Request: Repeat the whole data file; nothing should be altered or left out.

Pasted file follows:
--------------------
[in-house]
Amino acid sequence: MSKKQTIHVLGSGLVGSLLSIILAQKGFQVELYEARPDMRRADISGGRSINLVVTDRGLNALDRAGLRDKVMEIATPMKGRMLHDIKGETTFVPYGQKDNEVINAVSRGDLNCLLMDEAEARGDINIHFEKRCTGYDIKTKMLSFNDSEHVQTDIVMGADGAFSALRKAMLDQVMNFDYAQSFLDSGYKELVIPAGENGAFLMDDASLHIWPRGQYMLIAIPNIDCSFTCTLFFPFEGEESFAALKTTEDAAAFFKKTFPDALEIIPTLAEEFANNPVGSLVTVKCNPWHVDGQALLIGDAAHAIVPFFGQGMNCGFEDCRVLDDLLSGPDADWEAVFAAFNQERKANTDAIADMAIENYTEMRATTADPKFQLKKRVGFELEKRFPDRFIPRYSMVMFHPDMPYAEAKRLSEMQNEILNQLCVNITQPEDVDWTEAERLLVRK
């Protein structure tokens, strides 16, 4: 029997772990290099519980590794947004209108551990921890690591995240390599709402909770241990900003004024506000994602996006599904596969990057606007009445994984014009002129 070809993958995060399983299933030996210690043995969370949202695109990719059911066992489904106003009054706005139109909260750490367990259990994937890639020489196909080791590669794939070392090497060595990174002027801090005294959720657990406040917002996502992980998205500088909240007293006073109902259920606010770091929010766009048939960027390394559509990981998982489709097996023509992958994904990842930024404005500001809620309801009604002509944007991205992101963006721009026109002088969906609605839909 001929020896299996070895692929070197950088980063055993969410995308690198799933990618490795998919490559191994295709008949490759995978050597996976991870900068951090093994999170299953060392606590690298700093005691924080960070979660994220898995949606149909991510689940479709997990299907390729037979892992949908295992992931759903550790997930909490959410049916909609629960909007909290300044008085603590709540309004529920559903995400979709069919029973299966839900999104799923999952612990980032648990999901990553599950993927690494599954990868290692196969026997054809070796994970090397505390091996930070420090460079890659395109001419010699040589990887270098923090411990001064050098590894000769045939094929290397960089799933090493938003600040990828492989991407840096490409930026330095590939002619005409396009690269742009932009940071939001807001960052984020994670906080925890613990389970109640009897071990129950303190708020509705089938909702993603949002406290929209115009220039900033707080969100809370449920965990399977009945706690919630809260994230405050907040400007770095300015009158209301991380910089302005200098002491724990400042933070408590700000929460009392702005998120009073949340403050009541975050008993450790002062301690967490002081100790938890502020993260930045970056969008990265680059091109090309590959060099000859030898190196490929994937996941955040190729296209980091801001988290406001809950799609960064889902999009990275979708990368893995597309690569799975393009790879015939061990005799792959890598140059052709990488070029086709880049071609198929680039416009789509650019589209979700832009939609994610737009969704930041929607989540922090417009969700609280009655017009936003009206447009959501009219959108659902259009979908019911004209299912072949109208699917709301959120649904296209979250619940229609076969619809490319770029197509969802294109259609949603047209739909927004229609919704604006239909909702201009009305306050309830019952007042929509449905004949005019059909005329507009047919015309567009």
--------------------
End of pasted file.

[in-house]
Amino acid sequence: MSKKQTIHVLGSGLVGSLLSIILAQKGFQVELYEARPDMRRADISGGRSINLVVTDRGLNALDRAGLRDKVMEIATPMKGRMLHDIKGETTFVPYGQKDNEVINAVSRGDLNCLLMDEAEARGDINIHFEKRCTGYDIKTKMLSFNDSEHVQTDIVMGADGAFSALRKAMLDQVMNFDYAQSFLDSGYKELVIPAGENGAFLMDDASLHIWPRGQYMLIAIPNIDCSFTCTLFFPFEGEESFAALKTTEDAAAFFKKTFPDALEIIPTLAEEFANNPVGSLVTVKCNPWHVDGQALLIGDAAHAIVPFFGQGMNCGFEDCRVLDDLLSGPDADWEAVFAAFNQERKANTDAIADMAIENYTEMRATTADPKFQLKKRVGFELEKRFPDRFIPRYSMVMFHPDMPYAEAKRLSEMQNEILNQLCVNITQPEDVDWTEAERLLVRK
């Protein structure tokens, strides 16, 4: 029997772990290099519980590794947004209108551990921890690591995240390599709402909770241990900003004024506000994602996006599904596969990057606007009445994984014009002129 070809993958995060399983299933030996210690043995969370949202695109990719059911066992489904106003009054706005139109909260750490367990259990994937890639020489196909080791590669794939070392090497060595990174002027801090005294959720657990406040917002996502992980998205500088909240007293006073109902259920606010770091929010766009048939960027390394559509990981998982489709097996023509992958994904990842930024404005500001809620309801009604002509944007991205992101963006721009026109002088969906609605839909 001929020896299996070895692929070197950088980063055993969410995308690198799933990618490795998919490559191994295709008949490759995978050597996976991870900068951090093994999170299953060392606590690298700093005691924080960070979660994220898995949606149909991510689940479709997990299907390729037979892992949908295992992931759903550790997930909490959410049916909609629960909007909290300044008085603590709540309004529920559903995400979709069919029973299966839900999104799923999952612990980032648990999901990553599950993927690494599954990868290692196969026997054809070796994970090397505390091996930070420090460079890659395109001419010699040589990887270098923090411990001064050098590894000769045939094929290397960089799933090493938003600040990828492989991407840096490409930026330095590939002619005409396009690269742009932009940071939001807001960052984020994670906080925890613990389970109640009897071990129950303190708020509705089938909702993603949002406290929209115009220039900033707080969100809370449920965990399977009945706690919630809260994230405050907040400007770095300015009158209301991380910089302005200098002491724990400042933070408590700000929460009392702005998120009073949340403050009541975050008993450790002062301690967490002081100790938890502020993260930045970056969008990265680059091109090309590959060099000859030898190196490929994937996941955040190729296209980091801001988290406001809950799609960064889902999009990275979708990368893995597309690569799975393009790879015939061990005799792959890598140059052709990488070029086709880049071609198929680039416009789509650019589209979700832009939609994610737009969704930041929607989540922090417009969700609280009655017009936003009206447009959501009219959108659902259009979908019911004209299912072949109208699917709301959120649904296209979250619940229609076969619809490319770029197509969802294109259609949603047209739909927004229609919704604006239909909702201009009305306050309830019952007042929509449905004949005019059909005329507009047919015309567009």